These days, what’s happening around Goma and DR Congo spokesman, Lambert Mende, is a farce made in outer space!
When asked about the source of the bombs that dropped on Goma just before the alliance of the FARDC (Congolese army), UN and FDLR (terrorist group now conveniently forgotten) plunged into the offensive to rout M23, Mr. Lambert Mende, DRC spokesman, explained that they were Rwandan because Rwanda supports M23.
But then, in the same breath, he explained that those that dropped on the Rwandan soil were from M23. Interesting because logic, the way all know it, holds that the two would ordinarily target one adversary.
And as if that was not absurd on its own, a spokesperson from the US Secretary of State’s office preyed on this contradiction to reiterate a warning to Rwanda to halt any support to M23.
It was beyond ridicule but Rwandans have learnt to take such suspect mutual agreements on illogic seriously. As a Kinyarwanda proverb says, the rain that’ll sock you does not always come from the cloud clearly hanging directly above.
Such discordant illogic signals are usually coordinated somewhere else. Which means something is cooking; there is an incubation of something.
In the 1950s, after 50 years of colonialism, Rwandans were astounded when they realised prayers in the Catholic Church were suddenly taking on the hue of a “war-cry”. The faithful were now intoning such prayers as: “The time for the end of the world is neigh; what’s been up is coming down; heads are going to roll!”
This was against the backdrop of prevailing logic that since White Fathers had opened the eyes of these damned Rwandan souls to the existence of a saviour on-high, these latter were redeemed and they should expect everlasting heavenly bliss.
However, keen Rwandan observers – those allowed to observe, not banished to Moba – had watched as, for 50 years after their arrival, colonialists had slowly compartmentalised their ethnicity into categories, scattering their character, and were apprehensive. When the observers saw the colonialists assist some Rwandans to get at the throats of their compatriots, they were not surprised. They had expected to hit the deepest end and, indeed, this was it.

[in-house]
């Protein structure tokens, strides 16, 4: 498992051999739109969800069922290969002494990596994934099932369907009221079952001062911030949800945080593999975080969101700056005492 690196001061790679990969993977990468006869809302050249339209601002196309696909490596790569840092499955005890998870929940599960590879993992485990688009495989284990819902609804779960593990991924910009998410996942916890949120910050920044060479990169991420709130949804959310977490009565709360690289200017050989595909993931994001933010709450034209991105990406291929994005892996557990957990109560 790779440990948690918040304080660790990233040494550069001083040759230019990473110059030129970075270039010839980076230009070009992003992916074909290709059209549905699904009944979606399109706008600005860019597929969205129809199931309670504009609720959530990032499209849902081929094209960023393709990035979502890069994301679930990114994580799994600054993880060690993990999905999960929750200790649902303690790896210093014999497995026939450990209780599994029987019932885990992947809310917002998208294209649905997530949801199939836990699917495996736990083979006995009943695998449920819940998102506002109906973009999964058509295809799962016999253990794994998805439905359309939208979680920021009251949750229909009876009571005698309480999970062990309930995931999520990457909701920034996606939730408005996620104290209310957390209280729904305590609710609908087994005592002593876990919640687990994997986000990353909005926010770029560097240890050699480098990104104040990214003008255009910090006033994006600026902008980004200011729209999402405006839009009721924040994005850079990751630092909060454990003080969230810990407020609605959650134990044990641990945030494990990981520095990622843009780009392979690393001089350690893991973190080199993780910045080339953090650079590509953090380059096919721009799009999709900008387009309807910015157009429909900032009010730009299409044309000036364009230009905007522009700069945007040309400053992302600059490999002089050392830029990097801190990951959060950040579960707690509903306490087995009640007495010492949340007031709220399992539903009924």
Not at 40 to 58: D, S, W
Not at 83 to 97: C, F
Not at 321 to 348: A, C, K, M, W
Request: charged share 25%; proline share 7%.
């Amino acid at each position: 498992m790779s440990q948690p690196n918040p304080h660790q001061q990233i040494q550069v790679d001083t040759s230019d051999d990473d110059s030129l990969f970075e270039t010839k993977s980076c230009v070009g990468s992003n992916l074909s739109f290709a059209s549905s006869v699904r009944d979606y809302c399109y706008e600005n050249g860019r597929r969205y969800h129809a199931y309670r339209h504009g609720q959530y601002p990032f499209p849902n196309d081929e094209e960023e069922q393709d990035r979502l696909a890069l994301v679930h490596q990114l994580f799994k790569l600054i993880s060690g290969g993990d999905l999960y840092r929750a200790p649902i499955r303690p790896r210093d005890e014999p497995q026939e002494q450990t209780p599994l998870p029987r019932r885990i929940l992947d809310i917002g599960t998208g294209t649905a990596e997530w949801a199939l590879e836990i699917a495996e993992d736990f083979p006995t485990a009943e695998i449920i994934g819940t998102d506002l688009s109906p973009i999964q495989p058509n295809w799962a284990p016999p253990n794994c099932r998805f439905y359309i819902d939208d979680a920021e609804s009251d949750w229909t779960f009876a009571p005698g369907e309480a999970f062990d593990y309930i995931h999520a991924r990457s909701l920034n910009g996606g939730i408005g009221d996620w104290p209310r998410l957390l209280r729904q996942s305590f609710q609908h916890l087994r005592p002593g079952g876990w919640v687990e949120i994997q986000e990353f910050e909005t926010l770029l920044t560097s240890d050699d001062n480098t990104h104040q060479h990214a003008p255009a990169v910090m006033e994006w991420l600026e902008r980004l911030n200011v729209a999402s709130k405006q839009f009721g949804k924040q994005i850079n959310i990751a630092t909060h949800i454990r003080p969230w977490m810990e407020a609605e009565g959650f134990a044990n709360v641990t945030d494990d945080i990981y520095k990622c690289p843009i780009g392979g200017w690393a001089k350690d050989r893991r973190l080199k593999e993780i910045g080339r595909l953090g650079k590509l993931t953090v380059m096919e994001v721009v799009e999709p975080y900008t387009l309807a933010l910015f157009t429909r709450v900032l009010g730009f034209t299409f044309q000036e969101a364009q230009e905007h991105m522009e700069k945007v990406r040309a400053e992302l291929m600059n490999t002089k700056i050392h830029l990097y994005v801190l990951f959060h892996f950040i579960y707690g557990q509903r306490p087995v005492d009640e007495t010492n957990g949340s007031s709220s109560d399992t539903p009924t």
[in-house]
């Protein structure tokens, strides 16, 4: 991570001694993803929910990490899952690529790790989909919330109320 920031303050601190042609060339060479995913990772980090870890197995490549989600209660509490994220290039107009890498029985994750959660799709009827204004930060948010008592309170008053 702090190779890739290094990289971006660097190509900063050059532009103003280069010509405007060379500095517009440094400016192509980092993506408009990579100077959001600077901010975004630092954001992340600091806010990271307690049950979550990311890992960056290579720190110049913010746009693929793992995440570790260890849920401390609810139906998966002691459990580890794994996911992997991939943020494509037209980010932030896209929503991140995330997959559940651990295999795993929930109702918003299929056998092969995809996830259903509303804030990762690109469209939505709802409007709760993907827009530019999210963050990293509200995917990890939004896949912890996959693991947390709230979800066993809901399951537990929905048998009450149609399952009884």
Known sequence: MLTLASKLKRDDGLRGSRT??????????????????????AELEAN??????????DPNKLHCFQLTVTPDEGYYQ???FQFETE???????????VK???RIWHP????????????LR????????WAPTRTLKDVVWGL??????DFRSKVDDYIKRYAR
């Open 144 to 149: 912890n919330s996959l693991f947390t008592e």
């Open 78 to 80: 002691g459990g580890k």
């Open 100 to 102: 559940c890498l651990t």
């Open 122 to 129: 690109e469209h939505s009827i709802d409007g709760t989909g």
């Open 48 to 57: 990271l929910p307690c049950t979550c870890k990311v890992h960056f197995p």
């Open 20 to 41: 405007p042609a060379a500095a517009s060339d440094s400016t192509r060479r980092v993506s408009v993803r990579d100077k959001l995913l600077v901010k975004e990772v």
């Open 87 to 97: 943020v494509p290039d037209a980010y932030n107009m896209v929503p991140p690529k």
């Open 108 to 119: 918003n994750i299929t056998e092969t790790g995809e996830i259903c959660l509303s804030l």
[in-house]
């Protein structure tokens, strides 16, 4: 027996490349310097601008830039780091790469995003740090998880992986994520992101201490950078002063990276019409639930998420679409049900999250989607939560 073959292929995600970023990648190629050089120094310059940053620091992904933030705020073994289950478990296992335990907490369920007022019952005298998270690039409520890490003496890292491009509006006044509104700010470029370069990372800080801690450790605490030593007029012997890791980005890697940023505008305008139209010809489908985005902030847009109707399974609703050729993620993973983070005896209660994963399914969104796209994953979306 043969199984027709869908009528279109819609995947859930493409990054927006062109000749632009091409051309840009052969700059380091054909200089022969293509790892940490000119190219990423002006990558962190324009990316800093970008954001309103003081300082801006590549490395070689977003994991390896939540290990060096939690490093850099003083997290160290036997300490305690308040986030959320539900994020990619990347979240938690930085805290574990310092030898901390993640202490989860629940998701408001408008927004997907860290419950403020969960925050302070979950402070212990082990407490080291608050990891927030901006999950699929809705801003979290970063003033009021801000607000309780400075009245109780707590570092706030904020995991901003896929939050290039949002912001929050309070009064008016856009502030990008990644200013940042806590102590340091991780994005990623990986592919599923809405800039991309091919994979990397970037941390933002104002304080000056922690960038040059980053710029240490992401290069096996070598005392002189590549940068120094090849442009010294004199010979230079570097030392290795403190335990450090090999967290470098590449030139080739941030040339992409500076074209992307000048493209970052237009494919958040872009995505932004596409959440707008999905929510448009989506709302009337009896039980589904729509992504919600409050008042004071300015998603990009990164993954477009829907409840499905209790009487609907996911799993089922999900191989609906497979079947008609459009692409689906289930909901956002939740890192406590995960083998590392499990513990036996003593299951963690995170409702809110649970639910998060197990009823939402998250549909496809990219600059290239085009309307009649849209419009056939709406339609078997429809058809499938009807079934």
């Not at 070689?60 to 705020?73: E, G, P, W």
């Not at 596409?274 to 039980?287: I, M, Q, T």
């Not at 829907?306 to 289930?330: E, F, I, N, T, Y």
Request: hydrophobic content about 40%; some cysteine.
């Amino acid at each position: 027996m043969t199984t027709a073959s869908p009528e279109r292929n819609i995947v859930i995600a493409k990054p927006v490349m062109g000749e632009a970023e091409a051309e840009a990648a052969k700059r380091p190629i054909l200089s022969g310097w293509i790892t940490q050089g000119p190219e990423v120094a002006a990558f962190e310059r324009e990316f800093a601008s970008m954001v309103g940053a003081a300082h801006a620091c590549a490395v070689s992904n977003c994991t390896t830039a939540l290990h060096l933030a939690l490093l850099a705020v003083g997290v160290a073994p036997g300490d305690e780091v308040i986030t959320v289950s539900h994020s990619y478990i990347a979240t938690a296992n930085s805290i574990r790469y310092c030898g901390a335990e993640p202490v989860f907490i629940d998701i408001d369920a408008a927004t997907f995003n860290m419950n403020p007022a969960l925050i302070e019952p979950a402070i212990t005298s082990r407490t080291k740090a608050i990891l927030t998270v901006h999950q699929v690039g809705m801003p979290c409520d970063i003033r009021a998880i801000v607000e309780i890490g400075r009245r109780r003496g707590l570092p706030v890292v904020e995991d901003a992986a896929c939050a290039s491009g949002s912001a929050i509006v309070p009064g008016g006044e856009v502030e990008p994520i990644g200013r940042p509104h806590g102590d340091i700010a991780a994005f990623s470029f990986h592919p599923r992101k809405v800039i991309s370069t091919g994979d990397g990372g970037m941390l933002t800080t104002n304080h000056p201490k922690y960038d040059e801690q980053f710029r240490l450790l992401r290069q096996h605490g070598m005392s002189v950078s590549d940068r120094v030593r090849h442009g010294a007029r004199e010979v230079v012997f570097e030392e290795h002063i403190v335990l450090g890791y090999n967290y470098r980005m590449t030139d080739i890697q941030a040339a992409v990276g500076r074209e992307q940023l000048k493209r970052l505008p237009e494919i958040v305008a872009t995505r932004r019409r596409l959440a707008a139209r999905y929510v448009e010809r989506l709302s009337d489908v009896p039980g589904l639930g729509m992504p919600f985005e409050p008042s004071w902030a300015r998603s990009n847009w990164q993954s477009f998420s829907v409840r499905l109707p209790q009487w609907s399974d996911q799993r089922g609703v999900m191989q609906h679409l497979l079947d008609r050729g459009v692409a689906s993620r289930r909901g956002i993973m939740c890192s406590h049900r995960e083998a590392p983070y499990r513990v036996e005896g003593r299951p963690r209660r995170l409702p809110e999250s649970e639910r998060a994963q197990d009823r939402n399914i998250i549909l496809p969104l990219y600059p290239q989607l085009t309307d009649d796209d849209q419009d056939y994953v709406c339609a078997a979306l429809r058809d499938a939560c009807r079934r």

The glue that had bound them together had been torn and they couldn’t expect less.
What has come 50 years later, though, after the departure of the colonialists and when they thought there was no “deeper deep”, has riveted Rwandans out of that belief as fantasy. After hitting the abyss – for Genocide is nothing but – Rwandans are now prepared for anything. After all, as it was taught, North America was not a depopulated jungle; nor were the Australias.
And those who depopulated, enslaved, colonised or otherwise marginalised and denied others in many ways are still here.
“It is obvious,” cried a voice in the wilderness of those 50 years ago, “that [they] have defaulted on this promissory note” of guaranteeing the inalienable rights of life, liberty, and the pursuit of happiness to all humankind. Allow me to distort an honourable speech, this year being commemorated by the world, including a country that’s at the helm of a select elite of countries that, when they tread, we must tremble.
President Obama of USA last Wednesday commemorated 50 years of the famous speech by Martin Luther King Jr, “I have a dream”.
That speech resonates with the oppressed and discriminated-against of the world today, as it did then. There is a dark force that controls everybody, most times even those charged with the leadership of these powerful countries, that will not release the oppressed from its vice. It’s a dark force that maintains tentacles everywhere and in everything. It’s this dark force that refuses to judge all humans “by the content of their character”.
The call that the oppressed must answer is to bend it, using any tool. And there is no tool like rallying together; presenting a united force.
50 years after King’s rallying call, are all Americans judged “by the content of their character”? Are all the peoples of this world? The answer, wherever you look, in USA as with the powerful countries to the less powerful, is an unequivocal “No!”
However favoured you may think yourself; you’ll always remain shackled unless you answer the rallying call. Whoever you are, oppressed of the world, listen to the evergreen rallying call: “United we stand, divided we fall.” There are no two ways about it.
In Rwanda, this is the “urgency of now” that has taken flesh. It’s not a mere motto; it’s the human spirit, in flesh, propelling Rwandans forward. It’s “unite and assert yourself and win respect on your terms or perish”. It’s Agaciro.
All wo/men – for this is Rwanda, where “all is one” – shall be judged by the content of their character. Never by their gender, colour, age, slenderness, stockiness, dis/inability, area of origin....... This, Rwandans believe and it’s not a dream awaiting realisation.
Whatever theatrics you may play, near Rwanda or far, her “urgency of now” is this: no one else but Rwandans will shape her destiny. As their leadership never tires of reminding them, any effort at diversion from this course will only render Rwandans defiant, never compliant.
Rwandans, nay, the community of the oppressed, have no luxury of entertaining a dream. The urgency of now calls them all to force the dream.